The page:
Iddy Approved: Sidekick Quests

Today’s installment of Iddy Approved highlights a product that can be purchased for a reasonable amount, which will make the owner the talk of any gaming group. I am speaking of a Player Character Sheet designed by illustrator, James Stowe.

In recent weeks, I have fallen into a new hobby of commissioning artists to illustrate the blog’s mascot, Iddy the Lich. After Grant Gould created the original design for Iddy, the next person to draw Iddy the Lich was Brian Patterson from d20monkey; as a side note, if you’re not following his webcomic every Monday, Wednesday and Friday, then shame on you! Most recently, Cat Staggs tackled Iddy with greater realism and exchanged the original design’s “cuteness” factor with a healthy dose of horror.

I commissioned James to create a Character Sheet for Iddy the Lich in his DND for Dads style, which has been retitled Sidekick Quests. I gave him full reign in terms of design and only provided a few minor suggestions for possible loot; I mean, the d6 Staff has to be featured in the loot! The result of his fine work was posted earlier today at his site, ART by STOWE, as the conclusion to the Undead Week for his Advent Calendar of EVIL. If you are unfamiliar with his work or the Advent Calendar of EVIL, then please check out his site. Each character sheet is a blast to read and the art has a fantastic whimsical quality. Read on below to see his take on Iddy the Lich and learn more about his commission work.

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Iddy Approved: Fourthcore Alphabet

A detailed review of Fourthcore Alphabet follows, but I believe my thoughts can be summarized effectively with a visual representation. First, look above at Iddy the Lich. He’s the mascot for my blog. He’s cute, he’s cuddly and you just want to pinch his cheek and squeeze him.

Now, take a look at Iddy the Lich after he spent a few hours reading through Fourthcore Alphabet.

"You wouldn't like me when I'm angry."

Good god almighty! Iddy has been forever changed!

I had previously commissioned the viciously-talented Cat Staggs to draw an image of Iddy the Lich, and I received the art just a few days ago. I’m scared of the image above! Many thanks to Cat for taking on the project, and as luck would have it, the image is a perfect representation for my review of Fouthcore Alphabet. The review below is structured by the questions a DM may ask before committing to the product.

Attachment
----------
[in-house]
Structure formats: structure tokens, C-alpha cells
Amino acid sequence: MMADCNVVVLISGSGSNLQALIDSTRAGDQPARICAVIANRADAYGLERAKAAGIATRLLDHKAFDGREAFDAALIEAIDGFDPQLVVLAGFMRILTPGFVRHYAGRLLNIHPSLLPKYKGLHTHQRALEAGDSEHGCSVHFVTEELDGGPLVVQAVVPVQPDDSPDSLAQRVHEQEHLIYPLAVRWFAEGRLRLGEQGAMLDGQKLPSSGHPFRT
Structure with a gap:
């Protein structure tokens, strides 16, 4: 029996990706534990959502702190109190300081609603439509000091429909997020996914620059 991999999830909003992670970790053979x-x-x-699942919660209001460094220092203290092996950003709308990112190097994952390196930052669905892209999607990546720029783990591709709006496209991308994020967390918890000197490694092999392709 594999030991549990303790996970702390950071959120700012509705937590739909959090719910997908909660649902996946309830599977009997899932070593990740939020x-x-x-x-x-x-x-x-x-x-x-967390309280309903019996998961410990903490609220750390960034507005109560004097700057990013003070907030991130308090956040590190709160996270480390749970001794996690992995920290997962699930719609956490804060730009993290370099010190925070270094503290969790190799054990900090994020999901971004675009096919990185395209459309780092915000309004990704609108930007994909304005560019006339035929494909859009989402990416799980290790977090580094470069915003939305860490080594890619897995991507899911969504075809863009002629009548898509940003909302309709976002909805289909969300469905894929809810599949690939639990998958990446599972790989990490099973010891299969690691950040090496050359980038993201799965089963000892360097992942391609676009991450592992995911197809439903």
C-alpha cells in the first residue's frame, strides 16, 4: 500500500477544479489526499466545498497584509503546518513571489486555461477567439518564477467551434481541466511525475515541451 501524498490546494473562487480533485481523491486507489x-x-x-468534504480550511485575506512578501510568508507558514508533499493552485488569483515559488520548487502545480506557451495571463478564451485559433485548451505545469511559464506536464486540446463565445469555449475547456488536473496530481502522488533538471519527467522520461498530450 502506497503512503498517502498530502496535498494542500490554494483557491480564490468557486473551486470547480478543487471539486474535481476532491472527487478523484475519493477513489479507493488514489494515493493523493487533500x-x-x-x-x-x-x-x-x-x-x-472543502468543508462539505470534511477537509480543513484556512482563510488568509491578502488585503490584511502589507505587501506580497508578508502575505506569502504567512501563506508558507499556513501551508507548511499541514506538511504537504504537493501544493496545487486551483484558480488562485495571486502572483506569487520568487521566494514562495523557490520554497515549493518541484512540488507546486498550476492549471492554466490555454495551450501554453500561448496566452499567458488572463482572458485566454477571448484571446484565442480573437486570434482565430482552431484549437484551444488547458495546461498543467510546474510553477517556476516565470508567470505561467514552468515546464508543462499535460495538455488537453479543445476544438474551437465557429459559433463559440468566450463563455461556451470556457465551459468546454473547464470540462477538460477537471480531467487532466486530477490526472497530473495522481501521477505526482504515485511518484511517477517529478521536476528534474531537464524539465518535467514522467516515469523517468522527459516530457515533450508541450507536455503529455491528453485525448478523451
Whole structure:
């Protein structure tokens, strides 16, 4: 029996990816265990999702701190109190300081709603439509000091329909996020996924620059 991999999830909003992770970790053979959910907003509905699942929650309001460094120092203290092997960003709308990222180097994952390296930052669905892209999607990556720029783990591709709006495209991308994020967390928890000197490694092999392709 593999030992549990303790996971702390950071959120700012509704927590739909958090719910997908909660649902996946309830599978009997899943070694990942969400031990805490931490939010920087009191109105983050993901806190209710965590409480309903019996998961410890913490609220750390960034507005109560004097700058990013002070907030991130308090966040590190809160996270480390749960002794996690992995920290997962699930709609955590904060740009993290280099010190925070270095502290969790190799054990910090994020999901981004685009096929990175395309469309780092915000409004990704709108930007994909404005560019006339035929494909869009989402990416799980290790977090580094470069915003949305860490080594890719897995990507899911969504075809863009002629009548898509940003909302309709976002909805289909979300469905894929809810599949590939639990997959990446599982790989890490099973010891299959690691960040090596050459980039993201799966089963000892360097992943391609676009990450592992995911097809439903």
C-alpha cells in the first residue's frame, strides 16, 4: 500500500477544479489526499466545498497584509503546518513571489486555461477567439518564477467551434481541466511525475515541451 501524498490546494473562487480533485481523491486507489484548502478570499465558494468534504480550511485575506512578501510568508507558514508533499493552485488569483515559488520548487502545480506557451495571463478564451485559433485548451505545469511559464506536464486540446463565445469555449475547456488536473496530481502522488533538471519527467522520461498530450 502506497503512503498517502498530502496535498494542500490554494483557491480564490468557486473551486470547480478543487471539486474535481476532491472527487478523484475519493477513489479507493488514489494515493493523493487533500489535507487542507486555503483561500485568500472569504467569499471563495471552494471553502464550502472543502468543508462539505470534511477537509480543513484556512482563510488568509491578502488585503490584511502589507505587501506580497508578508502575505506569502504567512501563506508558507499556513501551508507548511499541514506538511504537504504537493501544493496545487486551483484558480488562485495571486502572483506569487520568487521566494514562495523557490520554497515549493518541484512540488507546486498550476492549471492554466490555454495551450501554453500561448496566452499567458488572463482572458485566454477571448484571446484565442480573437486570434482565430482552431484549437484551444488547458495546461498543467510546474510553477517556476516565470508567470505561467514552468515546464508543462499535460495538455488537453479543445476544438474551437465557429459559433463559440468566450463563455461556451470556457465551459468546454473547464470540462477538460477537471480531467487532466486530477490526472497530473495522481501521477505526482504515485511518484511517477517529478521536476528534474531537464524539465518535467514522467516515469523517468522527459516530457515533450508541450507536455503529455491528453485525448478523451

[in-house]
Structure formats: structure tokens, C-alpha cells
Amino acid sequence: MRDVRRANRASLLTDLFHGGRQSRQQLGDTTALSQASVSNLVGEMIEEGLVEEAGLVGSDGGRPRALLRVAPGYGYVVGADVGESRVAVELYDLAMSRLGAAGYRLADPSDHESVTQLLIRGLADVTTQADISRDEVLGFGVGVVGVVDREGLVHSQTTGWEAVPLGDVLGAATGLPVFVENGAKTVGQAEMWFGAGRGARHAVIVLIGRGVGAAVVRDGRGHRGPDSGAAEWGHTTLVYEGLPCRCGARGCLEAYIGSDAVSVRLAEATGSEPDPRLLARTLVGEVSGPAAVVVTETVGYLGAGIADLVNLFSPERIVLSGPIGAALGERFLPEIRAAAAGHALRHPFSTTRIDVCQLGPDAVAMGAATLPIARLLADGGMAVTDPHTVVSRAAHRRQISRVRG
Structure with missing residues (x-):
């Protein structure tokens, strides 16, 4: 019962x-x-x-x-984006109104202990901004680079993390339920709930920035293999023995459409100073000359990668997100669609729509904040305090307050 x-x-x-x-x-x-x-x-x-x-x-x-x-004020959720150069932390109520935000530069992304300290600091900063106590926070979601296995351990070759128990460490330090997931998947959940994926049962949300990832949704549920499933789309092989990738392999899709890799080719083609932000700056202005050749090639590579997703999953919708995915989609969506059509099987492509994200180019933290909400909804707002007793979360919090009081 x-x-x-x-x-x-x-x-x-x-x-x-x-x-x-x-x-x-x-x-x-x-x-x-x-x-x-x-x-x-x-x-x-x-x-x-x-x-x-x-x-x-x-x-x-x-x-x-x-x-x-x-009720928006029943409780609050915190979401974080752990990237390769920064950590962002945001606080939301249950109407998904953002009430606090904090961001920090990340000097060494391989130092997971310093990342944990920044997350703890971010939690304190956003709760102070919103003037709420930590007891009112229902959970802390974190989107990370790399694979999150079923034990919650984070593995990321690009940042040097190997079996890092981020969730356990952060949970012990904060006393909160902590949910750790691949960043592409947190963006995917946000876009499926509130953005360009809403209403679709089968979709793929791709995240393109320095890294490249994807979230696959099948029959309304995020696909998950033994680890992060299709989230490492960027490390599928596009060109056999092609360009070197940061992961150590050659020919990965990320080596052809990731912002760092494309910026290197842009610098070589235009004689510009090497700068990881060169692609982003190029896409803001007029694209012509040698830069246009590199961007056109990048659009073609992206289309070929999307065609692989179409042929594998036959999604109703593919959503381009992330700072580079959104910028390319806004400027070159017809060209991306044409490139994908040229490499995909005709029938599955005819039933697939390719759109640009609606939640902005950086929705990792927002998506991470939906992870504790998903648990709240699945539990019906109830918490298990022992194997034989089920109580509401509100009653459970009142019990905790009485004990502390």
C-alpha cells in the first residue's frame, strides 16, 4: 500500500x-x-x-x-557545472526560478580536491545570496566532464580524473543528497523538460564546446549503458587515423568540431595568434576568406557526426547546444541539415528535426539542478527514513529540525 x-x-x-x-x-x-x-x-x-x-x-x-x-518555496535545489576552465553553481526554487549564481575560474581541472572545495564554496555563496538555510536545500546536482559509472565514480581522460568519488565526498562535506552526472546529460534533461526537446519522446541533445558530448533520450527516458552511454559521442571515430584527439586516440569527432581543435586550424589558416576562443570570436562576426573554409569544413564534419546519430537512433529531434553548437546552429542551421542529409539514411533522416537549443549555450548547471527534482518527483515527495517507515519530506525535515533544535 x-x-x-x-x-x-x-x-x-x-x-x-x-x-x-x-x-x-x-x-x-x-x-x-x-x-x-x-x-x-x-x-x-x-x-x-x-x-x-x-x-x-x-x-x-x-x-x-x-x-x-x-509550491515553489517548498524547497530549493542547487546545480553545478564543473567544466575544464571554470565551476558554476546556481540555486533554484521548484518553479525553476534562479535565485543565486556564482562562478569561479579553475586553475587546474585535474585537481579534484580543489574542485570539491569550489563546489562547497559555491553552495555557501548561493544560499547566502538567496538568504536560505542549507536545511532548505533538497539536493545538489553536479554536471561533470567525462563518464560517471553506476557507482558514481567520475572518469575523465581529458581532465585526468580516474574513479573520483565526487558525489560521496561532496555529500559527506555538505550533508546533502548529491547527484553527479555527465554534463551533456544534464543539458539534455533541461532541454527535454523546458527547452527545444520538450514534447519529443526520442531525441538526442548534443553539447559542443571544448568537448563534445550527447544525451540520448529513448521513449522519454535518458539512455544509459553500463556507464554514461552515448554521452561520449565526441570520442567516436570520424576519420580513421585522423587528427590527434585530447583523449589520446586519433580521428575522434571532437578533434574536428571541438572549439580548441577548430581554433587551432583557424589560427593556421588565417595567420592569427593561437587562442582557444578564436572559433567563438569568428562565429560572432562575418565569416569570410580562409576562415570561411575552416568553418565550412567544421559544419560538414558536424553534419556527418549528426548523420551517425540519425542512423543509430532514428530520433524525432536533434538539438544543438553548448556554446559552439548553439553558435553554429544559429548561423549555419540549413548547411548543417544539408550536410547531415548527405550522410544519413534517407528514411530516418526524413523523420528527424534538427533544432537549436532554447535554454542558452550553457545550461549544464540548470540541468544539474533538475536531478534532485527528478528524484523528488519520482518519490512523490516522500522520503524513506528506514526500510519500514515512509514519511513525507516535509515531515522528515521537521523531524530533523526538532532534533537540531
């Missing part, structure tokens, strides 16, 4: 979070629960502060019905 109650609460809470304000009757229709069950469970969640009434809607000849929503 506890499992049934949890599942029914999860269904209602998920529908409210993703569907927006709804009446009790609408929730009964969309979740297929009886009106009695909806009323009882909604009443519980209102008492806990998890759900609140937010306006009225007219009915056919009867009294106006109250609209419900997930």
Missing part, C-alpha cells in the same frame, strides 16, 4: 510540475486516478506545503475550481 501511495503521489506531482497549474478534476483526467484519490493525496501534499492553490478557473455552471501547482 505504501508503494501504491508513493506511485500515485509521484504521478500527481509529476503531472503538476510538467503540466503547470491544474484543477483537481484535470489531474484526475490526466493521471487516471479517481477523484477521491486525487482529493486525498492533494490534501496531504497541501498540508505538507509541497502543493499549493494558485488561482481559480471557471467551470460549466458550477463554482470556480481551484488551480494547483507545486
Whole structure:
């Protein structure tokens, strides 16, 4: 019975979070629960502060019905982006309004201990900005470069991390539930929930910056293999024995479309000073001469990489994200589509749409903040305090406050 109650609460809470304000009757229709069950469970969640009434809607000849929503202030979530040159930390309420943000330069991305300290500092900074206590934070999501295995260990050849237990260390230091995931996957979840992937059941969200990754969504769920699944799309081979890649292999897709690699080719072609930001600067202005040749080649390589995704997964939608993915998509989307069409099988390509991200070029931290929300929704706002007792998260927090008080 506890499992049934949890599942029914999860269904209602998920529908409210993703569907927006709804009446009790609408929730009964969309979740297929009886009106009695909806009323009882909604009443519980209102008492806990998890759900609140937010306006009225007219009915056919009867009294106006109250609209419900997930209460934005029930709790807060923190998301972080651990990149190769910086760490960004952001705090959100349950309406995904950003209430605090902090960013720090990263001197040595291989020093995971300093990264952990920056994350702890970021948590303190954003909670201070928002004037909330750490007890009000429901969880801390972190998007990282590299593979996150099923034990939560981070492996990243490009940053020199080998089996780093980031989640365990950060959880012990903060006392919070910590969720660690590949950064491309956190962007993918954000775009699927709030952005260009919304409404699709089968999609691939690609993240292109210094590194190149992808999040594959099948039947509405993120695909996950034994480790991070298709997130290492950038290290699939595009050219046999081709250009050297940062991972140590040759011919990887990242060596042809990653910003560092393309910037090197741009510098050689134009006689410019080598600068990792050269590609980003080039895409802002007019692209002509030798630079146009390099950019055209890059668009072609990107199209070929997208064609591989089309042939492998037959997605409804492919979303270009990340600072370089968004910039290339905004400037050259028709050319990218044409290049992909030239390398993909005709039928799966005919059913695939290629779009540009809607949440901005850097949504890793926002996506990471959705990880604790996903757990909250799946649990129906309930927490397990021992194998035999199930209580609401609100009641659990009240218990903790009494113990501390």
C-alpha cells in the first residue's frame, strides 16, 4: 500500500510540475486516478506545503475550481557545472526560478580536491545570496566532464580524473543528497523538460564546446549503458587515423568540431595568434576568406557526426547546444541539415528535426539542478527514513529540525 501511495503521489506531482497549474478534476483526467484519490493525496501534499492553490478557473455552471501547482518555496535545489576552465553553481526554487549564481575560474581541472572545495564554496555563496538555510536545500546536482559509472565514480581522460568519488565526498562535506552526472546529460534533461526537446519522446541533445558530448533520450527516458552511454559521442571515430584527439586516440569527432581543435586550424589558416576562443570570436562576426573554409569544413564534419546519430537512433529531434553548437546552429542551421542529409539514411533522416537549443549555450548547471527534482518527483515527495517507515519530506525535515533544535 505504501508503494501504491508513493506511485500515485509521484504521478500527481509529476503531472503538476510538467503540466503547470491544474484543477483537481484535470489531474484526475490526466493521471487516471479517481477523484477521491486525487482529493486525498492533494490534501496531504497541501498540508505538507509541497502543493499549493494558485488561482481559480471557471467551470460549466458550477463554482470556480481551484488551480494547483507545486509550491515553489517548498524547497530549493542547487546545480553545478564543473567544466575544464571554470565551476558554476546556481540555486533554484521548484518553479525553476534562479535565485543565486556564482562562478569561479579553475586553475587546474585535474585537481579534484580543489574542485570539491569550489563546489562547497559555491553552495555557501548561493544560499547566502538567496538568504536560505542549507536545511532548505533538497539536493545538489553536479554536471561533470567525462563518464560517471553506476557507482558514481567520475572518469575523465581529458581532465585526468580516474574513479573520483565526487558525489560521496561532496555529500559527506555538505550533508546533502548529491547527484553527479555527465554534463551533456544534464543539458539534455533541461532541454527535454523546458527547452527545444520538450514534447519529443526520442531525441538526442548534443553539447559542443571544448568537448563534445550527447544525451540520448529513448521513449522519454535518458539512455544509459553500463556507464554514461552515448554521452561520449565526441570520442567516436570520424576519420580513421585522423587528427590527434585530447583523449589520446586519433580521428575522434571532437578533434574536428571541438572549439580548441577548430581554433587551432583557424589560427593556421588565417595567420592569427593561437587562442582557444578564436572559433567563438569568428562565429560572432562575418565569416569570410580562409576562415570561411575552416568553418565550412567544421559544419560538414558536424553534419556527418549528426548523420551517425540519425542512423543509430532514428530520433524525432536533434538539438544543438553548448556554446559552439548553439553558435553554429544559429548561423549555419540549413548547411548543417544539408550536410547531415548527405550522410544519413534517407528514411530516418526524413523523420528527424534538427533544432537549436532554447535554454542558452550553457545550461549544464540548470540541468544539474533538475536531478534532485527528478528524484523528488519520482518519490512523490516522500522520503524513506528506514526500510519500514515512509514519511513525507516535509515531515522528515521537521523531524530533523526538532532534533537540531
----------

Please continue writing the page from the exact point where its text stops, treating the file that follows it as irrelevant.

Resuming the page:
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Iddy Approved: Pen & Paper Games

Ideally, the DM receives help organizing the game, but one of the biggest challenges is finding players. Other than direct referrals from players already participating in the gaming group, the best source for new players I have found is – without a doubt – Pen & Paper Games. Below, I discuss why Pen & Paper Games is so useful in another installment of Iddy Approved.

A common issue for gaming groups is player turnover. The players in my group over the past two years have ranged in age from early-20s to mid-40s. That age range is not the most conducive to consistent periods of free time. Players have multiple commitments, including (but not limited to) their education, family and occupation. Forming a gaming group of five or more players is a challenge. But keeping that group together for an extended campaign is damn-near impossible.

It is often on the shoulders of the DM to organize and schedule gaming sessions. It is helpful if the DM enlists another player in the game to assist with campaign management and organization. The percentage of DMs who host is likely high, but I have the good fortune of playing in the awesome game room of one of my players, AJ (who has his own blog, Dungeon Maestro. Continue reading “Iddy Approved: Pen & Paper Games”

Iddy Approved: Dragon Chow Dice Bag

I’m introducing another new segment of the blog, which is titled Iddy Approved. These are products that I’ve either purchased from a vendor, or a free tool that I have used often in my role as a DM or player during a campaign. The first product to be reviewed in this series will be the new dice bag I purchased from Dragon Chow Dice Bags.

Long time readers of this site may remember my interview with the owner of Dragon Chow Dice Bags, Lyndsay Peters. In the interview, Lyndsay discussed how she developed the idea and started the business:

I started making them because I was really tired of going to the gaming store and only finding dice bags that would tip over and had a fabric selection that I just didn’t find appealing. I know gamers like to personalize things, and I knew I could make something to serve that interest. This is why I also do custom orders. I just love it when I get a custom order bang on. There’s nothing better than knowing there’s a happy geek in the world because of you.

When thinking about buying a dice bag from Dragon Chow, I inquired if I could get a bag with Iddy the Lich, my blog’s mascot, on the fabric for the bag. She told me it was certainly possible and she worked up a few options for me. The final product is exactly what I wanted, and it forced my old dice bag to retreat and weep tears of despair.

The Dragon Chow Dice Bag is seven D&D books high.

Below, I review specific details about the bag and why it’s something that you would be proud to own.

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